Town Talk 03/12/20: Fourth Annual VCS Arts Alive! to Showcase Student Talent

100.1 FM / 1450 AM WIZS; Local News broadcasts M-F 8am, 12pm, 5pm

Aarika Sandlin, public information officer for Vance County Schools, appeared on WIZS Town Talk Thursday at 11 a.m. Discussing upcoming district events, Sandlin said students and staff are busy preparing for VCS’ fourth annual Arts Alive! talent showcase.

Arts Alive! will be held at the McGregor Hall Performing Arts Center in downtown Henderson on Saturday, April 25, 2020. The showcase will feature VCS student talent in a variety of mediums including painting, drawing, dancing, singing and dramatic performance. All grade levels will be represented.

Parents, students, family, educators and community members are invited to view the artwork that will be on display in the McGregor Hall Gallery beginning at 3 p.m. Gallery viewing is free of charge.

New this year, a silent auction will be held to allow the public to bid on their favorite pieces of art.

In addition to the art gallery, performing acts ranging from large to small groups of vocalists, musicians, dancers and more will entertain on McGregor Hall’s stage beginning at 7 p.m.

Tickets for the Arts Alive! show are available for purchase at McGregor Hall’s box office beginning at 3 p.m. the day of the event. Tickets for adults and children are $5 each; all seating is general admission. Proceeds from the event benefit the Vance County Public School Foundation.

Returning this year will be a series of “master classes” offered in drama, art, dancing and musical instruments offered the morning of the Arts Alive! event. The classes, ranging in target age from Pre-K through 12th grade, will be offered by Hill’s Music Shoppe, Ballet Arts, Wolf Trap Education and Vance-Granville Community College. For more details on these classes, please visit VCS’ newly designed website at www.vcs.k12.nc.us.

Master classes are free of charge and are offered at McGregor Hall and across the street from the performing arts venue at First Baptist Church in Henderson.

“It’s a really exciting day for our district to come together and show what our students are capable of doing,” Sandlin said.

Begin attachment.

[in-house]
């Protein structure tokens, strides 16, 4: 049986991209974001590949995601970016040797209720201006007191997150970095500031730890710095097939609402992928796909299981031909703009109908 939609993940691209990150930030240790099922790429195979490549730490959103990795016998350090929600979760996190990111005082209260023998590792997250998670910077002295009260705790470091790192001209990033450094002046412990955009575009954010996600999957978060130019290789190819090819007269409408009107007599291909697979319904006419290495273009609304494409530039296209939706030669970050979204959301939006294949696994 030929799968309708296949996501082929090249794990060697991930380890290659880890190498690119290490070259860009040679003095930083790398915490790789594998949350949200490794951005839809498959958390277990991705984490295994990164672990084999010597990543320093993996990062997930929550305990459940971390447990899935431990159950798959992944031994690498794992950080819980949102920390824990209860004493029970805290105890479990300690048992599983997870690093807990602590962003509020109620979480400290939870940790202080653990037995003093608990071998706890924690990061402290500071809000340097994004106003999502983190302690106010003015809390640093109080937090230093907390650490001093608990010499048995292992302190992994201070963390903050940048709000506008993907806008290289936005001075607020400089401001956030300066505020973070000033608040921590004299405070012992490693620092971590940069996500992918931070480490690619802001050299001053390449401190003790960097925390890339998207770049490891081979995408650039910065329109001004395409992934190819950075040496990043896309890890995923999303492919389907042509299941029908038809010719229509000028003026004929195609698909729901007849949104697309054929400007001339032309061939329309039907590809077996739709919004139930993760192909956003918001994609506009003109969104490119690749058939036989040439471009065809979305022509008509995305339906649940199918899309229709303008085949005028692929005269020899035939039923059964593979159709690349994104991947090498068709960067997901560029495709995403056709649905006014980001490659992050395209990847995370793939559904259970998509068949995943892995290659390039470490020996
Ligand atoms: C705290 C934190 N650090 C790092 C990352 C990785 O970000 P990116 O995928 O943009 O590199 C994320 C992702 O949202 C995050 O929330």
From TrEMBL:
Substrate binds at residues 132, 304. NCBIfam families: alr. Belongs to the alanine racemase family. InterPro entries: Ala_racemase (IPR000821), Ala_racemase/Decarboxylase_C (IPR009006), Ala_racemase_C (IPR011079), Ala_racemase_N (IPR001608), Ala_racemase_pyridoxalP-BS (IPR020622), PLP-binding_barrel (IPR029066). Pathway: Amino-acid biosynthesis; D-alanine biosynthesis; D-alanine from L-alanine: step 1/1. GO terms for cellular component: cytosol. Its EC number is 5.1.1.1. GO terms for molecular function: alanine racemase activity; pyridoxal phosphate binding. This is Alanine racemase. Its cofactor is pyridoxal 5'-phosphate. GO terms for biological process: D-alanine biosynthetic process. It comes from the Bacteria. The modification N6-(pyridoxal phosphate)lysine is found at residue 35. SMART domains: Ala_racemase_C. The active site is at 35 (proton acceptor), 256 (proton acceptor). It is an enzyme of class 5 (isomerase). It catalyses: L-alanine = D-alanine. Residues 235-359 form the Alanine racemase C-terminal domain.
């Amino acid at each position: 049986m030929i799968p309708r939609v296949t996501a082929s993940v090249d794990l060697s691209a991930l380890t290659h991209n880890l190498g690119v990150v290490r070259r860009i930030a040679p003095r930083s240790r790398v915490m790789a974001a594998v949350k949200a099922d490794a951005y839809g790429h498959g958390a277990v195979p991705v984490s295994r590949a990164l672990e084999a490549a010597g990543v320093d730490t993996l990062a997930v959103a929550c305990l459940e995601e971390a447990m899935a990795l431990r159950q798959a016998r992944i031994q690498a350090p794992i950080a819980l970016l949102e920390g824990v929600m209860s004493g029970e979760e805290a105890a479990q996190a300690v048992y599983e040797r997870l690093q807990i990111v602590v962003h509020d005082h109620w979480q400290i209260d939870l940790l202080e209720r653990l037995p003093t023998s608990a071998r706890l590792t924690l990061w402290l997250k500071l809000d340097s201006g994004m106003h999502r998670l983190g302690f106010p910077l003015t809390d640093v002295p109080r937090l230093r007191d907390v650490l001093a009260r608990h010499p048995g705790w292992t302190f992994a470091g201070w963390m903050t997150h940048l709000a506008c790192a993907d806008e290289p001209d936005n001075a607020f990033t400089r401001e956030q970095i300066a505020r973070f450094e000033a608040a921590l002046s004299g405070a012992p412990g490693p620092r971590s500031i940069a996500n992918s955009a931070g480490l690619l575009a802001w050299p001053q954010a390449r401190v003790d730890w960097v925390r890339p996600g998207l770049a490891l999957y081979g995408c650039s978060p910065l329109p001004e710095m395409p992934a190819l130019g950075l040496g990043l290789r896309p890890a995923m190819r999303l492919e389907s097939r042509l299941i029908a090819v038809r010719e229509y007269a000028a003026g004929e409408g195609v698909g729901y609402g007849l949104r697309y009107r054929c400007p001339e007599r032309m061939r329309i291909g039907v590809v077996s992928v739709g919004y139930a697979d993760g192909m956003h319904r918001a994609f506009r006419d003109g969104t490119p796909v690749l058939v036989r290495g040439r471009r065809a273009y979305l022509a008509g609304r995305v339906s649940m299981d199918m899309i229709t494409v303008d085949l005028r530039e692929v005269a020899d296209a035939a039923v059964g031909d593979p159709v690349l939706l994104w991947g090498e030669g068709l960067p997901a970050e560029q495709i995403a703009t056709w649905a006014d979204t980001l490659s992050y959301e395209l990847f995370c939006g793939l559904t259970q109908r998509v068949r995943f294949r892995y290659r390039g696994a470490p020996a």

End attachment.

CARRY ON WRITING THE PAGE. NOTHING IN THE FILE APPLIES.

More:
To hear the interview with Sandlin in its entirety, including a series of brief updates from the most recent School Board meeting, go to WIZS.com and click on Town Talk.

Town Talk 03/11/20: Relay For Life Quarter Auction, Survivor Dinner

THIS STORY IS PRESENTED IN PART BY DRAKE DENTISTRY

Hope Breedlove, a social worker in the Cancer Center at Maria Parham Health and a member of the Relay For Life Survivor Committee, appeared on WIZS Town Talk Wednesday at 11 a.m.

This year’s Vance County Relay For Life event will take place Friday, June 19 in downtown Henderson from 5 – 10 p.m. Relay For Life is a community event to honor cancer survivors, remember loved ones lost and fight back against a disease that has taken too much.

The Survivor Lap will take place at 6:30 p.m. and all cancer survivors are invited to participate. As a cancer survivor, you’ll be a guest of honor and cheered on by your community. Caregivers are also a major part of Relay For Life events and are honored for their support.

Quarter Auction

The Maria Parham Health Quarter Auction & March Madness Buffet fundraiser for Relay For Life will be held on Friday, March 27, 2020, at the Aycock Recreation Center (307 Carey Chapel Rd., Henderson). Doors open at 5:30 p.m.

Tickets are available for $20 per person and seating is limited to 100 attendees. The ticket price includes one paddle, buffet dinner, drink, dessert and door prize entry. Extra paddles can be purchased at the event for $5 each.

With over 100 items available for auction, including gift certificates, wreaths and televisions, Breedlove encouraged participants to bring plenty of quarters and make sure to purchase extra paddles to increase the chance of winning.

As this is a basketball-themed event, participants are encouraged to wear their favorite ACC shirt or jersey.

Tickets may be purchased by calling Kimberly Smith (252-436-1656), Hope Breedlove (252-436-1605), Amanda Wilkins (252-436-1615) or Cassidy Grissom (252-436-1544).

Survivor Dinner